Remember how I said “group” visit to the Land of Donkeys? Shaun’s friends were meeting us in Havasu for a group ride to Oatman. Sounded great, right? It gets better trust me! We met around 10am after feeding our bellies a hearty breakfast and bundling up against the wind. The girls were anxiously waiting to get their first chance in a rzr, but we played many games and movies off my phone in the truck while we waited for one of the guys to fix his four wheeler. (Face Palm) I questioned Shaun, “shouldn’t this have been done earlier?” We both laughed in agreeance even though this was slightly ridiculous, they were our friends and just who they are and we accept them for that. Anyways, after a few hours we got onto our ride, about 3pm already.

It is roughly an hour and a half on dirt roads to Oatman, but this was also plagued with tribulations of the group. One of the four wheelers continued to shut down possibly due to overly rich fuel mixture, thus stopping the group every few miles for a good 20 minutes to fix the issue. We continued to drive as quickly as possible with intermittent stops until I could barely make out a wooden sign as the sun was setting.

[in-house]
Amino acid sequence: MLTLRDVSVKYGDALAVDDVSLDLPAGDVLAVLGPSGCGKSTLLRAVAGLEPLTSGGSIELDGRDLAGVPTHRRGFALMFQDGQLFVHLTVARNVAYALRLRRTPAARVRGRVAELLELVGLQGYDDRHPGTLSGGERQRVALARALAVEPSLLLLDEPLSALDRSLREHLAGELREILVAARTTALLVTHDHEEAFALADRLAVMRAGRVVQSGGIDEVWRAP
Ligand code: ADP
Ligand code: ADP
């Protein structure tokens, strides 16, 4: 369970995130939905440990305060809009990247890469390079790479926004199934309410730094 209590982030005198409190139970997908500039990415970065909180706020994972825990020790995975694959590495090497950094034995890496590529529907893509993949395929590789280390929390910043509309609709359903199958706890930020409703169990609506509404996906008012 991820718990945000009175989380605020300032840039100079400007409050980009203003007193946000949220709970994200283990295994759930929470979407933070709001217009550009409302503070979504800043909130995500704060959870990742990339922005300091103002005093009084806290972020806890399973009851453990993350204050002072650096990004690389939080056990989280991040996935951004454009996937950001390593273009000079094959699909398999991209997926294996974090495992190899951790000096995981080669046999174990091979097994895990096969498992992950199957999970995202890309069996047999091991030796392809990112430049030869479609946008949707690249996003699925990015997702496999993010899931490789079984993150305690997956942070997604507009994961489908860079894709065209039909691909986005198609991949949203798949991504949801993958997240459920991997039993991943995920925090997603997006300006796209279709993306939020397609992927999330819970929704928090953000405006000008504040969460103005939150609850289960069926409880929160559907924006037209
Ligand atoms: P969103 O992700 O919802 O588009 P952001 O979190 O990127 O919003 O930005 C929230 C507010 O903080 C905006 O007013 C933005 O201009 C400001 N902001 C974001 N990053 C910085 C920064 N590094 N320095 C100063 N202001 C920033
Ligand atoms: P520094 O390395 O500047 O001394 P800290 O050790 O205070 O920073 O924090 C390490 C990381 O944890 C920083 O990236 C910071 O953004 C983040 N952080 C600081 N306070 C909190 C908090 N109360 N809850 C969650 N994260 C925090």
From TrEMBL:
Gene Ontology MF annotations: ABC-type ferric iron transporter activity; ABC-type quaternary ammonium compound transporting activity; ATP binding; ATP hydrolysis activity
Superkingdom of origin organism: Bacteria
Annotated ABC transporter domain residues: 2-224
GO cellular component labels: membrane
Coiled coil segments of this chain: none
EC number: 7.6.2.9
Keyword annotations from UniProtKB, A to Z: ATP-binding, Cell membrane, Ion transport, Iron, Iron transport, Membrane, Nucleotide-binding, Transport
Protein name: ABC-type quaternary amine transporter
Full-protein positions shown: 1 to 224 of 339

We arrived at Oatman, finally, at 640pm. The town had already shut down, doors closed, and the donkeys had gone to bed. I ultimately felt defeated, to then hear that our rzr had a flat tire. How could this trip get any worse? Somehow, we had hit something on the path into the town that bent the rim, allowing the tire to slip off the bead and leak what air it housed inside. Using a mallet, one of Shaun’s good friends, Alex, beat the rim the best he could to straighten it out. This allowed for air to stay in the tire and bleed out slower than before. It was dark at this point, and cold. All of us were upset, freezing, and disappointment. The rzr limped out of Oatman, a few miles down the road when we stopped to refill the tired with air from our portable air compressor smaller than the size of tablet. We continued this process every so often down the dirt paths until we found a gas station, we stopped at for fuel, potty breaks and a break from the wicked cold wind.

Once we returned to the city, we ate warm food and drank a few margaritas until things seemed not so tremendous. We laughed at the chaos now that it was over and we all swore to visit the city in the morning before leaving back home. I feel we slept better that night than we had prior, either from the margaritas or the warmth of the sheets away from the brisk outside temperatures.